Spain and Portugal led the way in the discovery and exploration of the New World. Spain was especially fortunate in the division of newly discovered and undiscovered lands in the New World made by Pope Alexander VI in the Treaty of Tordesillas in 1494. The territories allocated to Spain contained unimaginable wealth in the form of gold and silver, which became the basis for more than two centuries of gold dominance.
Spanish silver and gold coins became the preferred currency of international trade for over 300 years, with millions of coins struck annually in Spain and its colonies, especially in Mexico and Bolivia where the most productive mines were located. The most common trade coin was the silver 8 real piece, known as a Spanish dollar, and its common fractions, the 4, 2, 1 and ó real. Gold coins were based on the escudo, which was equal to 16 dollars, and were produced in 8, 4, 2 and 1 escudo denominations.
The Spanish dollar was first struck around 1500 in Spain to conform with new thalers being struck in Germany and the Netherlands. They were uncommon until the flood of silver from the New World began in the 1530s. There are two basic types of New World Spanish coins – crude, hand-struck “cobs” of the early period through the 1770s, and later machine struck pieces (known as “milled coins”) starting in 1732. These coins could be found everywhere in Europe, Asia, Africa, the New World and Oceania, frequently becoming the basis for local coinage.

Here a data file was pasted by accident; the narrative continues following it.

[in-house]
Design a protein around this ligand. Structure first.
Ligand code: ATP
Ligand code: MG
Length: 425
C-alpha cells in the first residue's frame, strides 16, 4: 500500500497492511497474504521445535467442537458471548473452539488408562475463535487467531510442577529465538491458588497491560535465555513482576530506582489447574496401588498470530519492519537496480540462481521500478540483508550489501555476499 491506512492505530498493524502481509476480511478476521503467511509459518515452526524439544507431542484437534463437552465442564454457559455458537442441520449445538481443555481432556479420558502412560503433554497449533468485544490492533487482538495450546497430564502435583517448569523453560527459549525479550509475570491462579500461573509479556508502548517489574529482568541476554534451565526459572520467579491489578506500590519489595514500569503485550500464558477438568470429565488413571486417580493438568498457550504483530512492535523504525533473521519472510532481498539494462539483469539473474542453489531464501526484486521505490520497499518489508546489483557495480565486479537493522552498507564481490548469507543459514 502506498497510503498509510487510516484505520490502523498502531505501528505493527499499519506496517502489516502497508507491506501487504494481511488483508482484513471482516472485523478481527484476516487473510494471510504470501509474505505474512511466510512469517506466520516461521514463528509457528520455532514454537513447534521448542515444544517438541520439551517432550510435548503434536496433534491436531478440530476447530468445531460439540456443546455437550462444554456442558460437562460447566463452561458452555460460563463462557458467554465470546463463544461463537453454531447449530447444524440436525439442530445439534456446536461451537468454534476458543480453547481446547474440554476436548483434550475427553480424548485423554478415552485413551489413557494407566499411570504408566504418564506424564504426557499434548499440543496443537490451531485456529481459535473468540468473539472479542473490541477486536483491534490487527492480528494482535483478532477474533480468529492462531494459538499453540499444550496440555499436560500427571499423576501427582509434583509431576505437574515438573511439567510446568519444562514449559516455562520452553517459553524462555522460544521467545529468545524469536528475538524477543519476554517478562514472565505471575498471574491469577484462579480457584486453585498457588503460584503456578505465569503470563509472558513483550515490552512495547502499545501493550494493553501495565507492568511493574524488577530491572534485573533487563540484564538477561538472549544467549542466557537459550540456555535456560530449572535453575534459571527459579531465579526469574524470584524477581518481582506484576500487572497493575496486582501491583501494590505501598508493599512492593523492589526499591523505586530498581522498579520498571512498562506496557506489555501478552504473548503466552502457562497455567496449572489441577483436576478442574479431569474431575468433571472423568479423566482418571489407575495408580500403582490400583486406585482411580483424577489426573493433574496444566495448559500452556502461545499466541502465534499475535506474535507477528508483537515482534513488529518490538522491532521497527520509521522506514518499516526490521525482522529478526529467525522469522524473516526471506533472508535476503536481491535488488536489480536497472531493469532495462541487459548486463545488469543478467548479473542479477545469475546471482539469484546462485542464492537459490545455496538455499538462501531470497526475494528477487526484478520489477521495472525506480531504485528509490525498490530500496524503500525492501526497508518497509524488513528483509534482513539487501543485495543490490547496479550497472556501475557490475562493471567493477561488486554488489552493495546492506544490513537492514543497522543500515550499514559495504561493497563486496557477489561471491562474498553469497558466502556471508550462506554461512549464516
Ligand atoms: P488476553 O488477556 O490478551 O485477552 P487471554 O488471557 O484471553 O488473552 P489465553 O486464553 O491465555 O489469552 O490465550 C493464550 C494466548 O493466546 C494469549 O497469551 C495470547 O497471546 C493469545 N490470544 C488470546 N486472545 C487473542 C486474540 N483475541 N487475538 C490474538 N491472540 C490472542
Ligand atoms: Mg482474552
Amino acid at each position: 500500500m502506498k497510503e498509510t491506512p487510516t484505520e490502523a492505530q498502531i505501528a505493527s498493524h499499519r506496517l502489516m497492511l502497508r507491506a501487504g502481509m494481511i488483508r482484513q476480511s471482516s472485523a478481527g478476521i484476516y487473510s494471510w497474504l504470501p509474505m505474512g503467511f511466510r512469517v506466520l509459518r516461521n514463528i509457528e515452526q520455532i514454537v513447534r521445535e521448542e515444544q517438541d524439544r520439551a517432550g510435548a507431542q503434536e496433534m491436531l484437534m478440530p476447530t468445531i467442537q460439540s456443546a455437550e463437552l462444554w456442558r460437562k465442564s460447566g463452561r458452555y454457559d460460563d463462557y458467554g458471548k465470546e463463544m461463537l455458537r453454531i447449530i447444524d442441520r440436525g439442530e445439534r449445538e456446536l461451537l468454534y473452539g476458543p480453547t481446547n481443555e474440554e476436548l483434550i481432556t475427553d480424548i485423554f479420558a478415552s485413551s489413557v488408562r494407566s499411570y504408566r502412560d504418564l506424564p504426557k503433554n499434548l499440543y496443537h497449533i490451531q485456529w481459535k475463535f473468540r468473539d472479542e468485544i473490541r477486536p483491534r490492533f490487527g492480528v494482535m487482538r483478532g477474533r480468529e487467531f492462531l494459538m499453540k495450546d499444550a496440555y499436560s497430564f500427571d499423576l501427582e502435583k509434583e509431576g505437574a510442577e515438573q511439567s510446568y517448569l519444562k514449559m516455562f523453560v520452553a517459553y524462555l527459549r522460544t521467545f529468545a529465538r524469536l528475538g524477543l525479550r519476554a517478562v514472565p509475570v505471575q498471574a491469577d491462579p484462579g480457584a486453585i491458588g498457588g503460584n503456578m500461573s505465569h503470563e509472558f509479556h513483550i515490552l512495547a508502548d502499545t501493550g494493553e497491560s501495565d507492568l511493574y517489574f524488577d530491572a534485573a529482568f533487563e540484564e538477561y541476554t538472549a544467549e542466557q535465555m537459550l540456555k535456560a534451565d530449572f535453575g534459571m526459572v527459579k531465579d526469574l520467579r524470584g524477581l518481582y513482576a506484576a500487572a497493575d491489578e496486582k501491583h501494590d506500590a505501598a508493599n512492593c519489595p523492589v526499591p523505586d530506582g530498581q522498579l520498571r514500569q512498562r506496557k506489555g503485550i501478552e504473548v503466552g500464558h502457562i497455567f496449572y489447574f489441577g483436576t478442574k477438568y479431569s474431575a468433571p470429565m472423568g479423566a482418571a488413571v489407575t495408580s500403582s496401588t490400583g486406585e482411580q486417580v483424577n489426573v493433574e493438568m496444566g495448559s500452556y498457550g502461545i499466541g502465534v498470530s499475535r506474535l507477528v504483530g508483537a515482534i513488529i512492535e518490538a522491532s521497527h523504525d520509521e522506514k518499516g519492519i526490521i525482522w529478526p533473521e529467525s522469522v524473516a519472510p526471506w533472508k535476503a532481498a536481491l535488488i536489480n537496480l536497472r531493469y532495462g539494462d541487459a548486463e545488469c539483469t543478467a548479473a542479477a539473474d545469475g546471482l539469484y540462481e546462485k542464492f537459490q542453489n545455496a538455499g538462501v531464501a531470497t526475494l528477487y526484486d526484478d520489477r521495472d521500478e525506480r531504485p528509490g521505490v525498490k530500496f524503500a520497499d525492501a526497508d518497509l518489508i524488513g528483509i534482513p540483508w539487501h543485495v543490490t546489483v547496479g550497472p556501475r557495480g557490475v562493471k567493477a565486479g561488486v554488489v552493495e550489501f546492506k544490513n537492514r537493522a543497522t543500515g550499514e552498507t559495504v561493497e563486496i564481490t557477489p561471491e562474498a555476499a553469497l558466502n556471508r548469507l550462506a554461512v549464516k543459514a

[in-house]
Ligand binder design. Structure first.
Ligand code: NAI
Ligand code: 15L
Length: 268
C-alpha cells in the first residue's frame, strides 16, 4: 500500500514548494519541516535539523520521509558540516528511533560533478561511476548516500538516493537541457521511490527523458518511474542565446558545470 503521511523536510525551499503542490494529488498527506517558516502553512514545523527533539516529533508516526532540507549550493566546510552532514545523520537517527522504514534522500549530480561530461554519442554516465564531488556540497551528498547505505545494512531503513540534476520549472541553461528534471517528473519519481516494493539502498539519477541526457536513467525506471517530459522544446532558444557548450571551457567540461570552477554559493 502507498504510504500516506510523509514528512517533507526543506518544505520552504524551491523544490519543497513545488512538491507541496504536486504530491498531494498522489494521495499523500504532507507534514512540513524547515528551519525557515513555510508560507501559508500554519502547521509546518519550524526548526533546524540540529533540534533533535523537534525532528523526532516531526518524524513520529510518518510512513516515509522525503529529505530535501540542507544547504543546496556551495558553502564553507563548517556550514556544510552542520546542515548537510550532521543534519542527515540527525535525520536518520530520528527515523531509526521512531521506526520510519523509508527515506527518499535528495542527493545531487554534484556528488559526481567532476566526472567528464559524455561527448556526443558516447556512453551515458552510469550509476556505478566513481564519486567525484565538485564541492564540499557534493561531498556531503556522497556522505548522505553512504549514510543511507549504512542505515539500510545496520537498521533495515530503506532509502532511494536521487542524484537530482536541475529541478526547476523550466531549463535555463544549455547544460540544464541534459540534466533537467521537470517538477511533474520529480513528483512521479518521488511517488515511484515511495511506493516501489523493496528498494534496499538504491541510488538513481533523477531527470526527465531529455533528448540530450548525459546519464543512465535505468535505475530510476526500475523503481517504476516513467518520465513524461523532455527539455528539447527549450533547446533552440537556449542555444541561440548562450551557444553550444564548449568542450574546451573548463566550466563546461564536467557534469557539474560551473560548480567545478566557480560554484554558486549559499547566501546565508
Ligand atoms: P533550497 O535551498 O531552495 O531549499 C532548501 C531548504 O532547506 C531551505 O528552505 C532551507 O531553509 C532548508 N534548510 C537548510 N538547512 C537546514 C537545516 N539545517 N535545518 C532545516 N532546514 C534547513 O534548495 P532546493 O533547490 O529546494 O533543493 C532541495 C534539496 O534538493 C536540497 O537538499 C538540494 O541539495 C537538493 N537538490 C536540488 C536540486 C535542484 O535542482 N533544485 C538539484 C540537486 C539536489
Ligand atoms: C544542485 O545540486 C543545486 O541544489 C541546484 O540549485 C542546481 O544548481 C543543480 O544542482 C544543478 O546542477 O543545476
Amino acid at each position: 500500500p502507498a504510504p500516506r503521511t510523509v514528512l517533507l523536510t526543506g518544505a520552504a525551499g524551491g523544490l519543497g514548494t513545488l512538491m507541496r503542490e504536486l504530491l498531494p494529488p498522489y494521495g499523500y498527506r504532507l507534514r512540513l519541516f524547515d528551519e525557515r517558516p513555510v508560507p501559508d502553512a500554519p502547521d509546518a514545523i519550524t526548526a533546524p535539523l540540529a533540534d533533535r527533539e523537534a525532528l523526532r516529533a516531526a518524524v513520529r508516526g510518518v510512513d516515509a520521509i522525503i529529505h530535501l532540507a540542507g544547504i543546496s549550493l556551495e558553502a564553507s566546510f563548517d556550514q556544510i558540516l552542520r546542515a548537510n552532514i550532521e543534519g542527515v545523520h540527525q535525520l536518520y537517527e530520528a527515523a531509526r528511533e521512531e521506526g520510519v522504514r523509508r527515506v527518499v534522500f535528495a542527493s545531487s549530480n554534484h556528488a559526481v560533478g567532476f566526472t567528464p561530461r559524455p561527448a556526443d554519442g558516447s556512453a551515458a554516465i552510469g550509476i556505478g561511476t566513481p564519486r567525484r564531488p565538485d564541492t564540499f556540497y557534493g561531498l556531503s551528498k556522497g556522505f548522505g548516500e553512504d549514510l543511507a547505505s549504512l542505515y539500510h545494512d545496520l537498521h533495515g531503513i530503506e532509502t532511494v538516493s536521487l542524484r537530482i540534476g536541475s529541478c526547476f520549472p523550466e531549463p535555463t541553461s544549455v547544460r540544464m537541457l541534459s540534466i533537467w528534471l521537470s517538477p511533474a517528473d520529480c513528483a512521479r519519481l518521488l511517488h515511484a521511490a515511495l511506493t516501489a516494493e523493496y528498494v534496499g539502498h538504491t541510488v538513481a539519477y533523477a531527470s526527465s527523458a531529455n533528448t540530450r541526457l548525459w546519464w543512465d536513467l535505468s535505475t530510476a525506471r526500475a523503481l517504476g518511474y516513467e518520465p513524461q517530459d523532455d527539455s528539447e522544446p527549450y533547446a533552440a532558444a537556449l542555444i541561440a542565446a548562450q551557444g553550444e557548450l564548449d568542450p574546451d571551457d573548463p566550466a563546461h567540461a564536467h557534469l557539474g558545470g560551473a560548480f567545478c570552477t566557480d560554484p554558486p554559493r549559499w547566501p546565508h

Did You Know?
The Spanish 8-real coin was the basis for the U.S. dollar – and Spanish dollars and their fractions remained legal tender in the U.S. until 1857. Memories of this time are still preserved in terms such as “two bits” referring to a quarter dollar – originally equal to 2 reales.
Same as text above